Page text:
A Greek eating habit:
Another Greek vegetable stew recipe for you to try. This time staring : Romano beans. We do have quiet a few vegetable stews in Greece. I think it’s a result of our weekly eating plan. Which goes like that: MONDAY: no meat day. TUESDAY : no meat day. WEDNESDAY: meat day. THURSDAY: no meat day. FRIDAY: meat day. SATURDAY: no meat day and SUNDAY: The Ultimate Meat Day (due to some classic Greek meat recipes that everyone loves) .
It’s not something out of religion or anything. Like the Muslims do with pork, or the Indians with beef and holy cows. It’s just something like a Greek habit. Which creates another Greek habit: go and chow down a pita gyros in the evening. Using the excuse, that you ate healthy during the day, therefore you deserve a small sin.
It’s best if it’s fresh.
As for this recipe, it would be the best option if you could find fresh good quality Romano beans (they grow mostly in the summer and fall). They should feel crispy, not soft when you touch them. Avoid the older ones, that tend to soften up (dehydrate) and don’t have an even coloration. If you can’t find any, don’t worry as they are widely sold frozen and ready to cook. I used frozen as well, since it’s November now.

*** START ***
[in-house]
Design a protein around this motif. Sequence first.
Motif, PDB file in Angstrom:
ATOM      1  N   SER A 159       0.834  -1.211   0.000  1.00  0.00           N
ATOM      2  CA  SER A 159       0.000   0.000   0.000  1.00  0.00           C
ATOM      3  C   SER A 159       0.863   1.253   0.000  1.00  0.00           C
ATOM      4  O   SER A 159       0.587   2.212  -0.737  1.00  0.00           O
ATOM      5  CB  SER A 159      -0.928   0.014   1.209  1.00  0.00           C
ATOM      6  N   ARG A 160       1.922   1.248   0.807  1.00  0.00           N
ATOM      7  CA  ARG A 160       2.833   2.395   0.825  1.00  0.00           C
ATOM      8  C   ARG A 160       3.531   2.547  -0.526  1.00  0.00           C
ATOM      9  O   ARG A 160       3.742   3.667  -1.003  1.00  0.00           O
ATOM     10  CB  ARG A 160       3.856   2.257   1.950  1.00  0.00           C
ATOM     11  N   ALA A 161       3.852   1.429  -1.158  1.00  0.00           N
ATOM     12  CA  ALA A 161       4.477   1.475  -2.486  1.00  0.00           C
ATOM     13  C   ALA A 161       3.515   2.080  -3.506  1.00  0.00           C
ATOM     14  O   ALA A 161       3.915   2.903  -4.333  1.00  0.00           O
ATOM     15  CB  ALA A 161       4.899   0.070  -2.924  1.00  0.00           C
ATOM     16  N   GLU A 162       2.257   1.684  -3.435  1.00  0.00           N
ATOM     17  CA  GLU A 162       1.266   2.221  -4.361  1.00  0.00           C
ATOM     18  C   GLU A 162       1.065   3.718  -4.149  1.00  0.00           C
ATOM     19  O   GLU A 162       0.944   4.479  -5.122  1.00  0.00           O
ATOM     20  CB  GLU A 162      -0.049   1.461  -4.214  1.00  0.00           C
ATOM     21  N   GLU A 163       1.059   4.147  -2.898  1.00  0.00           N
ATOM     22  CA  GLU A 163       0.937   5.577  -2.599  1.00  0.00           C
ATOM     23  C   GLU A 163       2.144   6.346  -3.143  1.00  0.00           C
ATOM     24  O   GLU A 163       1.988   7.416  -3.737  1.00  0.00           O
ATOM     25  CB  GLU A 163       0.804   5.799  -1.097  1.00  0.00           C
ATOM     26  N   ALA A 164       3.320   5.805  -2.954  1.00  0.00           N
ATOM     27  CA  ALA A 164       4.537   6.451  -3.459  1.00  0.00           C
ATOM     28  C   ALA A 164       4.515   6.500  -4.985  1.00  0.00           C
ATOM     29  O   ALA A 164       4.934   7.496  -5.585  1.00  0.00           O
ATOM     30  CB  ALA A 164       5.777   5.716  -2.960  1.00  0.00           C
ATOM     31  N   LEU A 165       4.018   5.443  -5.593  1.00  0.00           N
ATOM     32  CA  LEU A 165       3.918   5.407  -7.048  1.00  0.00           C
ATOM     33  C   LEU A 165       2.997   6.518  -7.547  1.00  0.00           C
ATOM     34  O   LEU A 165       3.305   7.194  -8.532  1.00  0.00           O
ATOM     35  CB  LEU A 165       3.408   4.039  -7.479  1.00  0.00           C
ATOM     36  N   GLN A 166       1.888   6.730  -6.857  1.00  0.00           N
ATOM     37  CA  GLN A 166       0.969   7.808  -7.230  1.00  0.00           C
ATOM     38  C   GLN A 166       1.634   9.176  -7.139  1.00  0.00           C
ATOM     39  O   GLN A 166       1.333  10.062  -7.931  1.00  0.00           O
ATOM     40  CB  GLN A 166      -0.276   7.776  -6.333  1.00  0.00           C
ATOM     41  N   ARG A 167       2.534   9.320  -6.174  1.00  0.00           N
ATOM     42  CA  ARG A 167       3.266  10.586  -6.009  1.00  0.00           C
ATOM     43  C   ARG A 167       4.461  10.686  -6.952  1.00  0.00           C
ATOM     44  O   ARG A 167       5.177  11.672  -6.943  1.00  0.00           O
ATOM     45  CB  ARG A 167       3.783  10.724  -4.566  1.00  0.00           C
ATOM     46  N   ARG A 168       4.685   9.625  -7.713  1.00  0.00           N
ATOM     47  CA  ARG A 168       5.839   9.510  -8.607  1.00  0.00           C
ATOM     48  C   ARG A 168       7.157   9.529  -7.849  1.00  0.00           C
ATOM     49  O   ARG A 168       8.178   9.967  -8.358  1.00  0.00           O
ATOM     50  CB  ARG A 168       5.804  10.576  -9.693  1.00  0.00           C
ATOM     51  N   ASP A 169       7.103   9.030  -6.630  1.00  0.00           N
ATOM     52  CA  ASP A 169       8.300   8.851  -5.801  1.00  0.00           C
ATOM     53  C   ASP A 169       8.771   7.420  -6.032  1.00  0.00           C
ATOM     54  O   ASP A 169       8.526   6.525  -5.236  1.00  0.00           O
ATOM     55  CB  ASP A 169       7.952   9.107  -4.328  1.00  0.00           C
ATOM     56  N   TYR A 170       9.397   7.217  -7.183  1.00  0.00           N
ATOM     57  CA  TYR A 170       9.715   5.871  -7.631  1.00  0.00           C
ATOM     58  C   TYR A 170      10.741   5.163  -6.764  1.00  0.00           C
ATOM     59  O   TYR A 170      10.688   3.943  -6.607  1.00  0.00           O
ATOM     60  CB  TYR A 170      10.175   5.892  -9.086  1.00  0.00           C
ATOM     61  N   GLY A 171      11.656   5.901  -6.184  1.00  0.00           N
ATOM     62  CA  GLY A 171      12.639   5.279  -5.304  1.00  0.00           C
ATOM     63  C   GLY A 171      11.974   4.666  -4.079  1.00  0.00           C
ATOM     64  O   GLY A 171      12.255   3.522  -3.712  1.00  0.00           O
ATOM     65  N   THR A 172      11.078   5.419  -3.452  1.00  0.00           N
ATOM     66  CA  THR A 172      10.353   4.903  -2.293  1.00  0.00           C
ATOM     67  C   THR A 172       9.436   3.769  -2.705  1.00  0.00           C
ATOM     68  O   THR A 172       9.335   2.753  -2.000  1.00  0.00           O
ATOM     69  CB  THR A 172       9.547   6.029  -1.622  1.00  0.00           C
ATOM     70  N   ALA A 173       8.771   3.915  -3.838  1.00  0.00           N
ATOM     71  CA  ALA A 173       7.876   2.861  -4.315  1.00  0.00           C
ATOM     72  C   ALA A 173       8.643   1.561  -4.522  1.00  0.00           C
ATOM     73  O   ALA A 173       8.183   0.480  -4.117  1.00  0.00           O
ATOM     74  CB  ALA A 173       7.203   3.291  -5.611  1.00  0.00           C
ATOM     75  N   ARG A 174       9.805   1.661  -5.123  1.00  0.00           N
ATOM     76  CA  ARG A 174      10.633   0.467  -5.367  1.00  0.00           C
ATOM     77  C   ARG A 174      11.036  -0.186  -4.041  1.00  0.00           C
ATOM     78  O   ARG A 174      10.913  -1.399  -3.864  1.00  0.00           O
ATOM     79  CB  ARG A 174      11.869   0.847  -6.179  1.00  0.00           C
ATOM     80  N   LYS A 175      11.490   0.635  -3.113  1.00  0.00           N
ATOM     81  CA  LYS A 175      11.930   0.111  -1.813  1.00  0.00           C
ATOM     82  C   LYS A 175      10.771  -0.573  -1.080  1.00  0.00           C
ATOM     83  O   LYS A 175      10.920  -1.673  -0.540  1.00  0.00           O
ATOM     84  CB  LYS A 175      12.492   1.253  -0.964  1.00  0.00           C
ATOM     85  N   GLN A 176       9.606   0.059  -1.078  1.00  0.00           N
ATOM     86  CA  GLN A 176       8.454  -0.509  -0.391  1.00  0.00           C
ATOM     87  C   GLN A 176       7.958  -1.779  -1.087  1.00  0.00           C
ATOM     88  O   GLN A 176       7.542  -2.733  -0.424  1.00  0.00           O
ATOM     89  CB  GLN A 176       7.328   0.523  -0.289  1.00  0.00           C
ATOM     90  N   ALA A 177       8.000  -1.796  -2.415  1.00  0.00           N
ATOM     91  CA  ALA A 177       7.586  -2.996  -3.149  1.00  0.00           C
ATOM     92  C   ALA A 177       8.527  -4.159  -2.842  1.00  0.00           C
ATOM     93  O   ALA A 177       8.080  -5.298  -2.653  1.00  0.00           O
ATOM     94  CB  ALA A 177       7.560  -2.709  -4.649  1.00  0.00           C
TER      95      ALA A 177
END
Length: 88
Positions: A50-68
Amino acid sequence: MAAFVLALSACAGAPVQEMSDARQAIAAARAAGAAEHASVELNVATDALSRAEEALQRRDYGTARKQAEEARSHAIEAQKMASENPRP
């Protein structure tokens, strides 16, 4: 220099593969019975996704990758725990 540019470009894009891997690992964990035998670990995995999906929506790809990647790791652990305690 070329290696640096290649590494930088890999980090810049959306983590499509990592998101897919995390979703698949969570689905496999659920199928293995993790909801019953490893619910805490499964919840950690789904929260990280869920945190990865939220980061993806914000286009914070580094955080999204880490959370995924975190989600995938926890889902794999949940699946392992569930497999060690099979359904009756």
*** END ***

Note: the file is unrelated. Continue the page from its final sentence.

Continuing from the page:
These flattened green beans, need a bit of cooking to become nice and tender. They’re not just boiled of course. They are slowly cooked, in freshly grated tomato juice. A bit of garlic , some parsley and you have a delicious and healthy meal. No wonder why they go on and say, that Greek and Mediterranean cuisine is healthy. Well of course it is if you eat that many greens, with that amount of olive oil.